The Lower Nakdonggang River Seasonal Bird Migration Site was designated as a natural monument on July 13, 1966, and it has a large river-mouth, sand dunes, delta, Ilungdo Island, Eulsukdo Island and other islands. The snipes and waterfowls stop by when they pass Korea during the fall and spring, and the ducks and geese find their way here in the winter. This area, where the Nakdonggang River and the South Sea meet, has over 150 species of birds, which visit between October and March. You're most likely to see swans, and even raptorial species like eagles and white-tailed eagles. It is a large area with thick groves of reeds, which make it hard to approach by land. In order to watch migratory birds, you should take a boat from Myeongji-dong harbor and get a local guide to help you. The ideal time for bird watching is between 9am and 4pm. Eulsukdo Island is one of the places you absolutely cannot miss. It is a delta island, and is well known as a paradise for over a hundred thousand birds. It is an amazing sight to see some ultra-rare species of birds like the whitenaped cranes, the blackfaced spoonbills, and the white-tailed eagles, as they arrive and spend the winter.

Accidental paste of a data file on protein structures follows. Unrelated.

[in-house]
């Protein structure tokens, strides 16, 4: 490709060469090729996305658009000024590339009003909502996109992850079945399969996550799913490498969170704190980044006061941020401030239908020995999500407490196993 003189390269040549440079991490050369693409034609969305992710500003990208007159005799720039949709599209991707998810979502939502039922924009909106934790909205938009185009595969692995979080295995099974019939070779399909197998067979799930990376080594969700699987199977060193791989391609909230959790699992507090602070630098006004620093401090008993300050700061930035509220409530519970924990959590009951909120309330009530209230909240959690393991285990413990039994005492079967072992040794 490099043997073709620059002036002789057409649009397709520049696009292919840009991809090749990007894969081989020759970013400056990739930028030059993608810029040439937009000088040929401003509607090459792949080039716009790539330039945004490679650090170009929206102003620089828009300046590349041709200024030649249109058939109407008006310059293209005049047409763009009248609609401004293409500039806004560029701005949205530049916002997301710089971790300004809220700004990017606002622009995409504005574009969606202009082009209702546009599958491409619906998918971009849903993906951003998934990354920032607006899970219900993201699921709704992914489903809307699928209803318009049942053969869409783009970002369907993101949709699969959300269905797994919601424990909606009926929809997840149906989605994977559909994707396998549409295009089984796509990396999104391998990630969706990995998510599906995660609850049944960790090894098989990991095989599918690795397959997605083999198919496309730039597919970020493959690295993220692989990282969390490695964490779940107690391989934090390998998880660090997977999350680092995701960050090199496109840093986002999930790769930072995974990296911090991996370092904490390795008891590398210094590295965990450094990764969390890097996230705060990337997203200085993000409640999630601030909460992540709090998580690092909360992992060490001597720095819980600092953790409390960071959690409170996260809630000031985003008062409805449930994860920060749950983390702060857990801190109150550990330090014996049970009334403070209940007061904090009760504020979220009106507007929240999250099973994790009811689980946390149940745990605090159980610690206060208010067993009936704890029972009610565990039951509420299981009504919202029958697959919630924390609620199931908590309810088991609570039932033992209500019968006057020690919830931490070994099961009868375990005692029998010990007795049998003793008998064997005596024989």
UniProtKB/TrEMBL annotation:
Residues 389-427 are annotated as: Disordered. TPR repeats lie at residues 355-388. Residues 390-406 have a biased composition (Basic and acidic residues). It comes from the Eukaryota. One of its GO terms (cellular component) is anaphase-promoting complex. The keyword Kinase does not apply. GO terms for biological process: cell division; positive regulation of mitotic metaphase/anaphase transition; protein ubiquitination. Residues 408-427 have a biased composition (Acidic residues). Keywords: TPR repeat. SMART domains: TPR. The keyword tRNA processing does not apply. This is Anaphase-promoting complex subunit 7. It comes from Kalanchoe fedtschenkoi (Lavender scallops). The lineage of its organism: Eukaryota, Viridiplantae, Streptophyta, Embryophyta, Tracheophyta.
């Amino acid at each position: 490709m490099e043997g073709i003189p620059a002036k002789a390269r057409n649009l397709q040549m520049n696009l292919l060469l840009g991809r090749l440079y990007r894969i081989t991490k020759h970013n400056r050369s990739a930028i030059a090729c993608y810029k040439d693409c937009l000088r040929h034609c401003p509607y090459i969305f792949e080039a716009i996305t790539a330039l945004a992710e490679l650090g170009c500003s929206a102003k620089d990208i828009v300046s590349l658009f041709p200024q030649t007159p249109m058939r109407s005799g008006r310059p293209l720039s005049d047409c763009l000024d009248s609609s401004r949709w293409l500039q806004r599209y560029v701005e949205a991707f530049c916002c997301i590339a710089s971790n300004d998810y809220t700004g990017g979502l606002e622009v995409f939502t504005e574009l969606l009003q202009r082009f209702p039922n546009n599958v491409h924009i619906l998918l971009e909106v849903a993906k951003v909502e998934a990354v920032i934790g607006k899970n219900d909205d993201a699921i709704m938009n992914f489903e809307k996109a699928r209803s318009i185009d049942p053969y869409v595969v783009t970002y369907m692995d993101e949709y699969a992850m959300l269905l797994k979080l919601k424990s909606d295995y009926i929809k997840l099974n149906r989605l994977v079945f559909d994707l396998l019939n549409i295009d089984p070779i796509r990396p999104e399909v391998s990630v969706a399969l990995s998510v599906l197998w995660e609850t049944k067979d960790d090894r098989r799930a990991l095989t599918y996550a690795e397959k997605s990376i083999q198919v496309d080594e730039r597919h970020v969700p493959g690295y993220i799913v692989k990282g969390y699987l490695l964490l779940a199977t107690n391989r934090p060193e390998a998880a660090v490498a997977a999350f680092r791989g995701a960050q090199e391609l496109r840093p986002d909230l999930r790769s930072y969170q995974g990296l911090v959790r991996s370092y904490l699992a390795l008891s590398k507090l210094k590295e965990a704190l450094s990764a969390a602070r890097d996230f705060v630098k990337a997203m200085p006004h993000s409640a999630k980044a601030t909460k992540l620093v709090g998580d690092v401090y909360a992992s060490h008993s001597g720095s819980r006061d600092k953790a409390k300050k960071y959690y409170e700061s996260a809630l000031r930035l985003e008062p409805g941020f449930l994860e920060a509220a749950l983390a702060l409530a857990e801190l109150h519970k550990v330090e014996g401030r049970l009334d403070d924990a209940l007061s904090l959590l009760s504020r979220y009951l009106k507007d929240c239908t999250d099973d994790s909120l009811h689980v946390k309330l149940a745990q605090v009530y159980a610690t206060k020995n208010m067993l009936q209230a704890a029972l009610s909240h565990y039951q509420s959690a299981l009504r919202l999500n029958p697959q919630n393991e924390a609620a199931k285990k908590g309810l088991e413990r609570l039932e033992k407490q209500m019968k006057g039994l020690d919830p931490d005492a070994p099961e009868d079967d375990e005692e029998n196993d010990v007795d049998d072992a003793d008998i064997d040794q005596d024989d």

From downtown Busan, take Bus No.58, No.58-1, or No.58-2 and get off at Eulsukdo Rest Area. Walk down or go to Myeongji-dong Port and rent a boat.
Admission Fees :
Local Transportation :
-Subway + Bus(30 minute ride) : At Hadan Station (Busan Subway 1) Exit No.5, take bus No.58, 58-1 or 300 from downtown Busan. Then get off at Eulsukdo Rest Stop and walk for a while.(Buses run every 20 minutes.)
-Taxi : From Gimhae Internation Airport it is 20-minute ride.
- Gangseo-gu County Office General Affairs Office Tel : 051-970-4061-3 (Kor)
- Admission Fee : Free
- Regular Round trip : Approximately a ride every hour from 9am to 4pm. One-way ride: 2,000 won
- Boat Rental Service : 9am- 4pm, About 100,000 won
Try to get help from the locals at the Hagu-eon fishing village or at Myeongji-dong Port.
Favorite thing: I did not see any graffiti anywhere which really surprised me. Even in Seoul, there was none. The only time I saw something I would consider as graffiti was on the wall at one of the metro stations. I'm sure this would be removed by the end of the week.
As duplicated on my Seoul page....